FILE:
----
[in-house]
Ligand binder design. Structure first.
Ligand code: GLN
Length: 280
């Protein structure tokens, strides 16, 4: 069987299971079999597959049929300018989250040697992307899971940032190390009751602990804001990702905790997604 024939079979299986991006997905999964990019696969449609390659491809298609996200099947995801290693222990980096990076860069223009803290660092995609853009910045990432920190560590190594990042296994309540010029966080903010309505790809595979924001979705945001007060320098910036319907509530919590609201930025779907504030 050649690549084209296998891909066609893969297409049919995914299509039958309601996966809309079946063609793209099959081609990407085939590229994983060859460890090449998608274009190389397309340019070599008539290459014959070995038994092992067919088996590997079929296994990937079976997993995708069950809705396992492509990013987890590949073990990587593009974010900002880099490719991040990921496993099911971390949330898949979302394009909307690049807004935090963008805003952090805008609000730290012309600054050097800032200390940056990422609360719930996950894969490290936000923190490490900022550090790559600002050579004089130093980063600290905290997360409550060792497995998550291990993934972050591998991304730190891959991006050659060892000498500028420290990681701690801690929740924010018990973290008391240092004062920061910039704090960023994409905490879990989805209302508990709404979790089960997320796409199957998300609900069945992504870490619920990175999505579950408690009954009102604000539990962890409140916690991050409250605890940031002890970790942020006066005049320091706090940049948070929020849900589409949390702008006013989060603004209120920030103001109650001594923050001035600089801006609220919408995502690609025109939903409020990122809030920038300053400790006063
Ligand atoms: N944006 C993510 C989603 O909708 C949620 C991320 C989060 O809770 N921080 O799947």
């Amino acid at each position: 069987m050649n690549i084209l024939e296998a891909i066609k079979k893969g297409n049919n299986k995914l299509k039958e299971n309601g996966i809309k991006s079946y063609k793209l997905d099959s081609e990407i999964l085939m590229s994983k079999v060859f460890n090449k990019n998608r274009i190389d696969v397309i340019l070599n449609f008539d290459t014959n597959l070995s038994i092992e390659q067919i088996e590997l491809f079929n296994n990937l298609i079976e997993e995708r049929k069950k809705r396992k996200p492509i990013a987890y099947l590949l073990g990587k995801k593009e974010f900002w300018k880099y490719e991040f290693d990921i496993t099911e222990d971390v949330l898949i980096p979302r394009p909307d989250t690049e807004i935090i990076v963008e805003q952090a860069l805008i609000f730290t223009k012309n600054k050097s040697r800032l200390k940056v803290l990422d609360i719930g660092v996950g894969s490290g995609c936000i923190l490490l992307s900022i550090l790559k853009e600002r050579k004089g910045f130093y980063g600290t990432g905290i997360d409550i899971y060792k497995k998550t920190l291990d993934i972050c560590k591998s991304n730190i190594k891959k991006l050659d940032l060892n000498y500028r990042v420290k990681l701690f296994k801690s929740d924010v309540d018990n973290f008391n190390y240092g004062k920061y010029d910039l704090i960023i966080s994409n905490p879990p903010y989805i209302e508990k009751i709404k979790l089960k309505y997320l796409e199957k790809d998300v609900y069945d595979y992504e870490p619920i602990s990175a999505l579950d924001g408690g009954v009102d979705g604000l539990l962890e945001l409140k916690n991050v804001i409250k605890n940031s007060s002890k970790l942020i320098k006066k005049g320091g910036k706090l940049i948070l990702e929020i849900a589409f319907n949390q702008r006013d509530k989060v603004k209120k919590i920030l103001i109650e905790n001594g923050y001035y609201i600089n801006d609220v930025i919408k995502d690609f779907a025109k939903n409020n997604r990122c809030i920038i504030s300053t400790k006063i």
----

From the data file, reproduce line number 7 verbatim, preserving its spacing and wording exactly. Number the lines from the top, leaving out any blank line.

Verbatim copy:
């Amino acid at each position: 069987m050649n690549i084209l024939e296998a891909i066609k079979k893969g297409n049919n299986k995914l299509k039958e299971n309601g996966i809309k991006s079946y063609k793209l997905d099959s081609e990407i999964l085939m590229s994983k079999v060859f460890n090449k990019n998608r274009i190389d696969v397309i340019l070599n449609f008539d290459t014959n597959l070995s038994i092992e390659q067919i088996e590997l491809f079929n296994n990937l298609i079976e997993e995708r049929k069950k809705r396992k996200p492509i990013a987890y099947l590949l073990g990587k995801k593009e974010f900002w300018k880099y490719e991040f290693d990921i496993t099911e222990d971390v949330l898949i980096p979302r394009p909307d989250t690049e807004i935090i990076v963008e805003q952090a860069l805008i609000f730290t223009k012309n600054k050097s040697r800032l200390k940056v803290l990422d609360i719930g660092v996950g894969s490290g995609c936000i923190l490490l992307s900022i550090l790559k853009e600002r050579k004089g910045f130093y980063g600290t990432g905290i997360d409550i899971y060792k497995k998550t920190l291990d993934i972050c560590k591998s991304n730190i190594k891959k991006l050659d940032l060892n000498y500028r990042v420290k990681l701690f296994k801690s929740d924010v309540d018990n973290f008391n190390y240092g004062k920061y010029d910039l704090i960023i966080s994409n905490p879990p903010y989805i209302e508990k009751i709404k979790l089960k309505y997320l796409e199957k790809d998300v609900y069945d595979y992504e870490p619920i602990s990175a999505l579950d924001g408690g009954v009102d979705g604000l539990l962890e945001l409140k916690n991050v804001i409250k605890n940031s007060s002890k970790l942020i320098k006066k005049g320091g910036k706090l940049i948070l990702e929020i849900a589409f319907n949390q702008r006013d509530k989060v603004k209120k919590i920030l103001i109650e905790n001594g923050y001035y609201i600089n801006d609220v930025i919408k995502d690609f779907a025109k939903n409020n997604r990122c809030i920038i504030s300053t400790k006063i």